There are a ton of articles about how to set up Laravel and the author’s tools of choice, and I debated whether or not the Laravel community needs another. But seeing as I’ll be writing a lot of articles about Laravel and there may be people who, like me, have never used an MVC framework or Git before, I figured I’ll just write up a quick post. First up…
Setting up Git
If you were like me when you started coding, whenever you created a new version of a file, you’d save the old file with a date or previous version number tacked onto the file name. This quickly got out of hand and managing different versions of files became a huge headache for our alpha. This is where Git can help.
Git is a version control system typically used for code version control. When you start working on your first Laravel project, create a new Git repo for it. It may seem like a lot of overhead at first if you’re just going to be playing around, but the ability to undo an error that you introduced, say, two weeks ago, makes up for the added overhead. And if you aren’t using Git for your other coding projects, get that set up and learn how to use it before you begin using Laravel.
If you’re new to Git, I’d recommend reading through Atlassian’s Git Tutorials and Git’s own About page to get a basic understanding of Git and its features. I found Atlassian’s Git Workflows portion of the Git Tutorials to be especially helpful in understanding how to use Git on a larger project.
First, let’s get Git itself setup, which is just a simple download. If you’re on Windows and will be using the Sublime Text package SublimeGit (more on this in the next section), be sure to select ‘Run Git from the Windows Command Prompt’ during setup.
Once Git is all set up, download SourceTree, a free Git client. I first started off with GitHub for Windows, and although it looks sleeker than SourceTree, it doesn’t give you transparency into how it manages your repo. SourceTree helps you learn Git terminology and the proper workflow.
The last step is to set up a hosted Git repo, which will allow you (and others) to access your repo from any computer. I’d recommend one of two options here: GitHub or BitBucket. GitHub is the standard for open source projects, so if you’ll be working in public repos only, then GitHub is your best choice. If you want private repos and control access to those repos, I prefer BitBucket over GitHub. This really comes down to price. For the SimpliFit dev team, we have 4 developers accessing our private repos. With GitHub this would cost $28/month, but this falls under the free tier for BitBucket (up to 5 users are free). If you’re a bootstrapped startup, like SimpliFit, this is really a no-brainer.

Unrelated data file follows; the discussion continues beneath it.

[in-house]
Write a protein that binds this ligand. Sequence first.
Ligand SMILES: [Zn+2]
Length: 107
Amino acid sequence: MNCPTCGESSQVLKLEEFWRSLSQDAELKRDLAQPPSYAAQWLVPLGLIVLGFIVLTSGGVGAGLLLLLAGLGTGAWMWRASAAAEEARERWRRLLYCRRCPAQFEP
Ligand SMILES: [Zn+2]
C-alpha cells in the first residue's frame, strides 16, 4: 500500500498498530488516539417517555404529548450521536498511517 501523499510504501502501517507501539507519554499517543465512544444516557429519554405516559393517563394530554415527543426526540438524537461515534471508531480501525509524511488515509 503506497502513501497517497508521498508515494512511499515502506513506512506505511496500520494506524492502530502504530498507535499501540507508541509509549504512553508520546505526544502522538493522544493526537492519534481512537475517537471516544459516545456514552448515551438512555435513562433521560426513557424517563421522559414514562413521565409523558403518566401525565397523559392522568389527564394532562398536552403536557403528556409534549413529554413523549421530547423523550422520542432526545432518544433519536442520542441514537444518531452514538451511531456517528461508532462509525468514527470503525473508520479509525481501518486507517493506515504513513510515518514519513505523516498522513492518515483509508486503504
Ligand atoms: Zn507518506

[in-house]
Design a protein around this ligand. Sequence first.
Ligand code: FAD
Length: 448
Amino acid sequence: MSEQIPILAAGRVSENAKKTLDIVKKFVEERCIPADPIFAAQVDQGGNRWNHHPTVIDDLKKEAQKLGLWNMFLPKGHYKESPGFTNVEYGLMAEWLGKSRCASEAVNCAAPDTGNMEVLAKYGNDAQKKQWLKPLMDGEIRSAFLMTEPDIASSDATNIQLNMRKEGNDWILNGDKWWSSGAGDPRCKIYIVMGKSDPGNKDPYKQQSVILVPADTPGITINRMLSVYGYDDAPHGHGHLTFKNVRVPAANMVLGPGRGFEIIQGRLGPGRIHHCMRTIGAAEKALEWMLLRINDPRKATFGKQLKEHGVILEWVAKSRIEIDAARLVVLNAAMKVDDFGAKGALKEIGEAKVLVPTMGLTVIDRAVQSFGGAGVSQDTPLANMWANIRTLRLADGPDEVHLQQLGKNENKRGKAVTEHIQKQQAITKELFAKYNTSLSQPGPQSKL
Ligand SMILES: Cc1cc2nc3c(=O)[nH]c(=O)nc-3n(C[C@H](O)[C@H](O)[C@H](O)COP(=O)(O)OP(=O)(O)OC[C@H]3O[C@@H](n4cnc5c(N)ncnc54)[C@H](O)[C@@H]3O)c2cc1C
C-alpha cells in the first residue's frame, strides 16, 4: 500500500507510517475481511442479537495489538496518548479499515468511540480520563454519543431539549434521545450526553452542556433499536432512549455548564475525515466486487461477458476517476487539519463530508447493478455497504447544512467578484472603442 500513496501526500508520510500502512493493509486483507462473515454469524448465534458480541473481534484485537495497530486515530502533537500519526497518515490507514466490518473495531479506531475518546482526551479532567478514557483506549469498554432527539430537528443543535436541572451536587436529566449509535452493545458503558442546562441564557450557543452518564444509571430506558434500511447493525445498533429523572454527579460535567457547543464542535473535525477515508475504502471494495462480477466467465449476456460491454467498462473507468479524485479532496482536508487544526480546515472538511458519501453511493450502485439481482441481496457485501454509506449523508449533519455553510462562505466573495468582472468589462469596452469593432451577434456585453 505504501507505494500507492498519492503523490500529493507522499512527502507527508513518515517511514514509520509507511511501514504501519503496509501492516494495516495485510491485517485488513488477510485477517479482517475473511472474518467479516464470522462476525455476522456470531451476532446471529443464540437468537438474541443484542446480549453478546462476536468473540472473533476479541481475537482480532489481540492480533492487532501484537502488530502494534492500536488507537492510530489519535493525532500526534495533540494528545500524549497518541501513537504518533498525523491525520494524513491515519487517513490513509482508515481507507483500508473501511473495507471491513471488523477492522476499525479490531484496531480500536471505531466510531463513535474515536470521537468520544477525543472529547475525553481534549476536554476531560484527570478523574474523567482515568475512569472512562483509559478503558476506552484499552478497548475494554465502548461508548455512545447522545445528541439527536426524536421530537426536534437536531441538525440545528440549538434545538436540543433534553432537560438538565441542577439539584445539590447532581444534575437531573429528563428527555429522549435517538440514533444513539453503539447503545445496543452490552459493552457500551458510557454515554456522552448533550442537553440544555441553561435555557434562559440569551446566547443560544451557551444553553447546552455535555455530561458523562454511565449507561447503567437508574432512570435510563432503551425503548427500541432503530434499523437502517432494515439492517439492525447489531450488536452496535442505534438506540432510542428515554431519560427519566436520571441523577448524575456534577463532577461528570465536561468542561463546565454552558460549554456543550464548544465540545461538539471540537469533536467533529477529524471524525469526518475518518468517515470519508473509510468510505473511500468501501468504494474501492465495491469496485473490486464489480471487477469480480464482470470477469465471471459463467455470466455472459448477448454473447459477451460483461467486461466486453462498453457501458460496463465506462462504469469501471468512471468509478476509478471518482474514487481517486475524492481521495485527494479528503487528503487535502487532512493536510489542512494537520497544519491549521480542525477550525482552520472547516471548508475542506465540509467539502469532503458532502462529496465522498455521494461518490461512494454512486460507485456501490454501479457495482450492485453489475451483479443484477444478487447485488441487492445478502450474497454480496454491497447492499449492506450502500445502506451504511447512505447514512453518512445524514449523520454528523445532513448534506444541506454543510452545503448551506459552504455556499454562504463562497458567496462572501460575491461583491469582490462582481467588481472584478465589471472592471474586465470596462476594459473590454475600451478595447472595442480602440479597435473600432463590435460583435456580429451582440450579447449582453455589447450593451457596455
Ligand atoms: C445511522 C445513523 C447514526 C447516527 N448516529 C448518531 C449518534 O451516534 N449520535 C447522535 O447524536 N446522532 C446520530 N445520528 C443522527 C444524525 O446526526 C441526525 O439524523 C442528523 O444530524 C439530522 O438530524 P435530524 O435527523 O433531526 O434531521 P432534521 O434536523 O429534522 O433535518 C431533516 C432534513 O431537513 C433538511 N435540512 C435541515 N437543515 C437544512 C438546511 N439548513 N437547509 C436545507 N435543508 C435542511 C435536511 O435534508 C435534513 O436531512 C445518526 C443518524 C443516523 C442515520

Though I started off with Notepad++ for writing code on SimpliFit’s alphas, Sublime Text 3 is my code editor of choice these days. Sublime Text offers a lot of customization and it’s easy to add functionality with additional packages.
Once you have Sublime installed, let’s get Package Control, which simplifies the process of installing packages for Sublime. Head over to https://sublime.wbond.net/installation and follow the “Simple” installation instructions (don’t worry, it really is simple).
After installing Package Control, restart Sublime, hit
ctrl+shift+p, and type install. The first result will be “Package Control: Install Package”, so hit enter to select. Now you can search for Sublime packages to install. I really use only two packages on a regular basis: SublimeGit and Markdown Preview. SublimeGit allows you to access Git commands from within Sublime Text (e.g., Git: Status), while Markdown Preview is indispensable for coding Markdown files (as its name suggests, it allows you to preview a Markdown .md file). If you include a readme file or add a wiki to your repo, you will most likely use Markdown to create those files.
Before you can get Laravel working, though, you need some way to serve Laravel to the browser locally. Since I’m running my dev environment on Windows, I’ll be using WAMP (Windows, Apache, MySQL, and PHP). First, ensure you have Microsoft’s Visual C++ Redistributable installed. Next, download and install WAMP. I usually install WAMP to C:\wamp, but you’re free to place it wherever you want.
As of this writing, the WAMP version is 2.5, which includes PHP mcrypt (a dependancy that Laravel requires) already enabled. If you install a different version, check the following three files (replace php5.5.12 with the version of PHP that came with WAMP and the same with Apache2.4.9) and ensure there is no semicolon in front of the “extension=php_openssl.dll” line (i.e., it isn’t commented out):
Composer & Laravel
Composer is the package manager that Laravel uses to pull in dependances. Follow the installation instructions at https://getcomposer.org/download/.
And finally, head to http://laravel.com/docs/quick#installation and follow the “Via Composer” installation instructions.
That’s a wrap
And that’s it for my local dev environment. The next thing on my To Do list after the SimpliFit beta launch is to standardize the local dev environment using Vagrant. My one worry here is that although Laravel has Homestead (an official Vagrant file for Laravel), it includes Ngnix instead of Apache, which doesn’t align with our production environment. So there’s still some homework for me to do there.